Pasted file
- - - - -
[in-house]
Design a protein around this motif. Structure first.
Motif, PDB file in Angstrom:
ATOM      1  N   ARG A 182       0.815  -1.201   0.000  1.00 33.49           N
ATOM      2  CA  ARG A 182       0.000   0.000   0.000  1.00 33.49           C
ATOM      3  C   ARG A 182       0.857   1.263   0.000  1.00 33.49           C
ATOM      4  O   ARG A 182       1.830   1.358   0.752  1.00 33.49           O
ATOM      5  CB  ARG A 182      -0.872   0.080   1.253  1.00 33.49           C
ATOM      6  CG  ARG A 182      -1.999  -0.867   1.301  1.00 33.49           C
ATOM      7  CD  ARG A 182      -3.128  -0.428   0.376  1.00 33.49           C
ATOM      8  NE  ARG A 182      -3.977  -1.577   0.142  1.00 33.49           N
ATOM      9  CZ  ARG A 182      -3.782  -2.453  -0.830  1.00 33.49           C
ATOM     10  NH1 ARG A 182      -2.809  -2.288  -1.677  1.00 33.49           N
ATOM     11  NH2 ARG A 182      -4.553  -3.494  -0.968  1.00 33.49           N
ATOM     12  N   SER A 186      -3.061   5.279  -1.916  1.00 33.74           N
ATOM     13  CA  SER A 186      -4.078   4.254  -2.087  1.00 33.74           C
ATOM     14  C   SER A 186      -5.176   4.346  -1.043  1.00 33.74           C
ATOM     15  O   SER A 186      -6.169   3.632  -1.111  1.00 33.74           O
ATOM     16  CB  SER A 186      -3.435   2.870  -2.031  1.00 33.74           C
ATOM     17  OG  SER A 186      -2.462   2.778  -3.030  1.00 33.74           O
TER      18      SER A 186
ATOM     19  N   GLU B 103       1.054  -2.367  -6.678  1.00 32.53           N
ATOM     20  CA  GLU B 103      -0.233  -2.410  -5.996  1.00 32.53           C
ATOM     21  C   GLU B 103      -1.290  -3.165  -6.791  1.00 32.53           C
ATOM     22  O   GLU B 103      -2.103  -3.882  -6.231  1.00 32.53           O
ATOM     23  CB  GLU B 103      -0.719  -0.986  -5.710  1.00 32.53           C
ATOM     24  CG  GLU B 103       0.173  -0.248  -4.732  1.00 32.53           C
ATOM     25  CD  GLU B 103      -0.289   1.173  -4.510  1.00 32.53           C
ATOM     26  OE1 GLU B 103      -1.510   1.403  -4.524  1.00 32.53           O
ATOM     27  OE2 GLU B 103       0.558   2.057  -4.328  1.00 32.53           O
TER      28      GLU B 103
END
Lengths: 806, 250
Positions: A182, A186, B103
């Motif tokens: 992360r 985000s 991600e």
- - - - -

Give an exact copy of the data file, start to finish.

[in-house]
Design a protein around this motif. Structure first.
Motif, PDB file in Angstrom:
ATOM      1  N   ARG A 182       0.815  -1.201   0.000  1.00 33.49           N
ATOM      2  CA  ARG A 182       0.000   0.000   0.000  1.00 33.49           C
ATOM      3  C   ARG A 182       0.857   1.263   0.000  1.00 33.49           C
ATOM      4  O   ARG A 182       1.830   1.358   0.752  1.00 33.49           O
ATOM      5  CB  ARG A 182      -0.872   0.080   1.253  1.00 33.49           C
ATOM      6  CG  ARG A 182      -1.999  -0.867   1.301  1.00 33.49           C
ATOM      7  CD  ARG A 182      -3.128  -0.428   0.376  1.00 33.49           C
ATOM      8  NE  ARG A 182      -3.977  -1.577   0.142  1.00 33.49           N
ATOM      9  CZ  ARG A 182      -3.782  -2.453  -0.830  1.00 33.49           C
ATOM     10  NH1 ARG A 182      -2.809  -2.288  -1.677  1.00 33.49           N
ATOM     11  NH2 ARG A 182      -4.553  -3.494  -0.968  1.00 33.49           N
ATOM     12  N   SER A 186      -3.061   5.279  -1.916  1.00 33.74           N
ATOM     13  CA  SER A 186      -4.078   4.254  -2.087  1.00 33.74           C
ATOM     14  C   SER A 186      -5.176   4.346  -1.043  1.00 33.74           C
ATOM     15  O   SER A 186      -6.169   3.632  -1.111  1.00 33.74           O
ATOM     16  CB  SER A 186      -3.435   2.870  -2.031  1.00 33.74           C
ATOM     17  OG  SER A 186      -2.462   2.778  -3.030  1.00 33.74           O
TER      18      SER A 186
ATOM     19  N   GLU B 103       1.054  -2.367  -6.678  1.00 32.53           N
ATOM     20  CA  GLU B 103      -0.233  -2.410  -5.996  1.00 32.53           C
ATOM     21  C   GLU B 103      -1.290  -3.165  -6.791  1.00 32.53           C
ATOM     22  O   GLU B 103      -2.103  -3.882  -6.231  1.00 32.53           O
ATOM     23  CB  GLU B 103      -0.719  -0.986  -5.710  1.00 32.53           C
ATOM     24  CG  GLU B 103       0.173  -0.248  -4.732  1.00 32.53           C
ATOM     25  CD  GLU B 103      -0.289   1.173  -4.510  1.00 32.53           C
ATOM     26  OE1 GLU B 103      -1.510   1.403  -4.524  1.00 32.53           O
ATOM     27  OE2 GLU B 103       0.558   2.057  -4.328  1.00 32.53           O
TER      28      GLU B 103
END
Lengths: 806, 250
Positions: A182, A186, B103
């Motif tokens: 992360r 985000s 991600e």